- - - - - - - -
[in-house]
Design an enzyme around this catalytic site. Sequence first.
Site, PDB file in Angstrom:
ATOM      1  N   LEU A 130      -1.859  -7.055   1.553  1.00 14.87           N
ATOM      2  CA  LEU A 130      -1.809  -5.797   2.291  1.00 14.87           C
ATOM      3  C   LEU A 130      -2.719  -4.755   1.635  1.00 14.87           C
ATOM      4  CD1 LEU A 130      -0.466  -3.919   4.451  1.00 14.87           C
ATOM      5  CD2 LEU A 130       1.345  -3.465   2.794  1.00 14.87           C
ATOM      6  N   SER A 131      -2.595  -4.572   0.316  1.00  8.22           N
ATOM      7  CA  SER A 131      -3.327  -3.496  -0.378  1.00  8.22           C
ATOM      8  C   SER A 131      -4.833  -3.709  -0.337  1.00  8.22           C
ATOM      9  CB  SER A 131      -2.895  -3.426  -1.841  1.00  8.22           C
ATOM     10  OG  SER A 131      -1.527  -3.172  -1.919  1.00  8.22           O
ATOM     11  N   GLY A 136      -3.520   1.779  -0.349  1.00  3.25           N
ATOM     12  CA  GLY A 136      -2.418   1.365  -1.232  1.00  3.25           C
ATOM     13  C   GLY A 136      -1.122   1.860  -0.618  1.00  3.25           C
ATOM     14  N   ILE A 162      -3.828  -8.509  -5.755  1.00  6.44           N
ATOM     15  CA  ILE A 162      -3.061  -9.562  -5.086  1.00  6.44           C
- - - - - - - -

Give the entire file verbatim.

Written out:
[in-house]
Design an enzyme around this catalytic site. Sequence first.
Site, PDB file in Angstrom:
ATOM      1  N   LEU A 130      -1.859  -7.055   1.553  1.00 14.87           N
ATOM      2  CA  LEU A 130      -1.809  -5.797   2.291  1.00 14.87           C
ATOM      3  C   LEU A 130      -2.719  -4.755   1.635  1.00 14.87           C
ATOM      4  CD1 LEU A 130      -0.466  -3.919   4.451  1.00 14.87           C
ATOM      5  CD2 LEU A 130       1.345  -3.465   2.794  1.00 14.87           C
ATOM      6  N   SER A 131      -2.595  -4.572   0.316  1.00  8.22           N
ATOM      7  CA  SER A 131      -3.327  -3.496  -0.378  1.00  8.22           C
ATOM      8  C   SER A 131      -4.833  -3.709  -0.337  1.00  8.22           C
ATOM      9  CB  SER A 131      -2.895  -3.426  -1.841  1.00  8.22           C
ATOM     10  OG  SER A 131      -1.527  -3.172  -1.919  1.00  8.22           O
ATOM     11  N   GLY A 136      -3.520   1.779  -0.349  1.00  3.25           N
ATOM     12  CA  GLY A 136      -2.418   1.365  -1.232  1.00  3.25           C
ATOM     13  C   GLY A 136      -1.122   1.860  -0.618  1.00  3.25           C
ATOM     14  N   ILE A 162      -3.828  -8.509  -5.755  1.00  6.44           N
ATOM     15  CA  ILE A 162      -3.061  -9.562  -5.086  1.00  6.44           C